But how could the ideas of liberty change so much with the times, one student asked. Another teachable moment sensed, I made the statement that the Constitution means what nine (now eight) old people think it means and switched to the second Amendment. The kids knew the wording included the idea of a "well-regulated militia." I asked them what they thought the militias were doing with their guns in the region of the country in which we live, the South. Completely blank looks. I asked what might have differed between Southern states and Northern states at the time the Bill of Rights was first written. Tentatively, a hand went up: "Slavery?" And why do you think the slave states felt they needed militias?
Nobody had ever told these kids, not even the African-American kid who had seemed most adamant that questioning saying the pledge was "crazy," what those well regulated militias did to Black people. When I next stated that the second Amendment only started to be interpreted as a personal right to own a gun during the Reagan era, that kid was shaking his head up and down. He got it.
In some ways, the role of a teacher is much like the role of a science fiction writer: to facilitate questioning of a culture's consensual reality. Is it really sane that soldiers sit in air conditioned offices in San Diego controlling drone aircraft that carpet bomb most of Pakistan back into the stone age, with the broader US culture oblivious to the civilian casualties, indeed, not even hearing about the casualties most of the time, while the headline news obsesses about the risk from Muslim "terrorists"? Is it really sane that in certain wealthy neighborhoods of the US, rich parents are causing the return of long vanquished diseases by refusing to vaccinate their children, while in poor neighborhoods, kids' teeth rot from lack of access to affordable dental care?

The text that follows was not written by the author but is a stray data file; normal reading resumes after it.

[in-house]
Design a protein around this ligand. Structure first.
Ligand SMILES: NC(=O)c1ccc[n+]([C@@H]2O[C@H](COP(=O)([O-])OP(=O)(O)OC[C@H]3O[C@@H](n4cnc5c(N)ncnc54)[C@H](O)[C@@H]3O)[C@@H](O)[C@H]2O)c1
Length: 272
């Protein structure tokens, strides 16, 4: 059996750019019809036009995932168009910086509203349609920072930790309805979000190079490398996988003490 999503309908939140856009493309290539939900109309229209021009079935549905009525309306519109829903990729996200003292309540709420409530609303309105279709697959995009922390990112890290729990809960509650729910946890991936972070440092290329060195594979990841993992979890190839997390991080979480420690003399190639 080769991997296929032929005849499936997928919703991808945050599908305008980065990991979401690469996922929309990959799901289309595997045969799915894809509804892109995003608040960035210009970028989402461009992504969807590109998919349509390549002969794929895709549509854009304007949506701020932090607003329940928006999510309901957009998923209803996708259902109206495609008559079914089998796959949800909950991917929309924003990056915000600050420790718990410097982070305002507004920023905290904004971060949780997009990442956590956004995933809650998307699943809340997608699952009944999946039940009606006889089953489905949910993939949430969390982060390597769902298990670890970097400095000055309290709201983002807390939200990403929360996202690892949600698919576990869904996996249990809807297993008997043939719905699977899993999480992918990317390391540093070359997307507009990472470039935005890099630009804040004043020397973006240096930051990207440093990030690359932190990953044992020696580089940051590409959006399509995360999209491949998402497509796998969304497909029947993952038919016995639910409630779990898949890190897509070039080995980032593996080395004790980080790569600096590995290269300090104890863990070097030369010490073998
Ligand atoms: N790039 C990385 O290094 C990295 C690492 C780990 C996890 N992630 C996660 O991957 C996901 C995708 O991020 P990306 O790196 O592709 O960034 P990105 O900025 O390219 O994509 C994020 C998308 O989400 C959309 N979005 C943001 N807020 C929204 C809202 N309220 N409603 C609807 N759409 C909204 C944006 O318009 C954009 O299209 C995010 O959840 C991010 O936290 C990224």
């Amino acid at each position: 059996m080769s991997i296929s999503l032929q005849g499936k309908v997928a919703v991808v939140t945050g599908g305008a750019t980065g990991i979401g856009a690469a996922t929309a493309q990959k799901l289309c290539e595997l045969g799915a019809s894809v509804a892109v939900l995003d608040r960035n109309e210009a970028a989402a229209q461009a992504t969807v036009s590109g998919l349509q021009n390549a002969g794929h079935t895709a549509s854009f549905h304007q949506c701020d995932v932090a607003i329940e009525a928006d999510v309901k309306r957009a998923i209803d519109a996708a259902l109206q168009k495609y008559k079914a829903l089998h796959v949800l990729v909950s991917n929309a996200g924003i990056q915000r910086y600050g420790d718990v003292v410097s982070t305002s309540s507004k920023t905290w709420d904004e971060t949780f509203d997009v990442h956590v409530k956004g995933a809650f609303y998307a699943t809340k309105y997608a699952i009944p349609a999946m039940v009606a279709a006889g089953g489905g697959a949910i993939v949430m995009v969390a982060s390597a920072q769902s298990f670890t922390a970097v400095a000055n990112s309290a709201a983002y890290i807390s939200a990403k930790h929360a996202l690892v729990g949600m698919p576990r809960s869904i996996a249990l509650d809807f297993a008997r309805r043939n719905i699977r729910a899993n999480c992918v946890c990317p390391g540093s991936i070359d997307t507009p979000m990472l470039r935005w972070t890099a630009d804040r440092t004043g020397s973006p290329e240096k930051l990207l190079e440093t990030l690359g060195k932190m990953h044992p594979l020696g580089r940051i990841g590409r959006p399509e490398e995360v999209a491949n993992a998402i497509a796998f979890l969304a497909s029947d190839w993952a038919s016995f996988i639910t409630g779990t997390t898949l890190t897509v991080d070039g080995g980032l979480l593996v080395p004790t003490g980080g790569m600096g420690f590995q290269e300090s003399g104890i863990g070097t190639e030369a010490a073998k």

Is it really sane that in Fort Lauderdale, America's Venice, so nick-named because of the extraordinary number of canals, that the housing code demands new construction be only twelve inches above sea level? The population is expected to increase by over 30%, so a construction boom is in progress, and yet when the sun, moon and earth align to give the maximal tides, water rushes in to eighteen inches above sea level. And that's today! With global climate change, nearly the entire city will be under water.
Except for the poor areas. They are far away from the beach, built on land that's of somewhat higher elevation. So what's expected is climate change induced gentrification.
The roles will reverse: Whitey will want the ghetto. Will they tell the poor brown and black folks they can have the moon?
Naw, that would be crazy.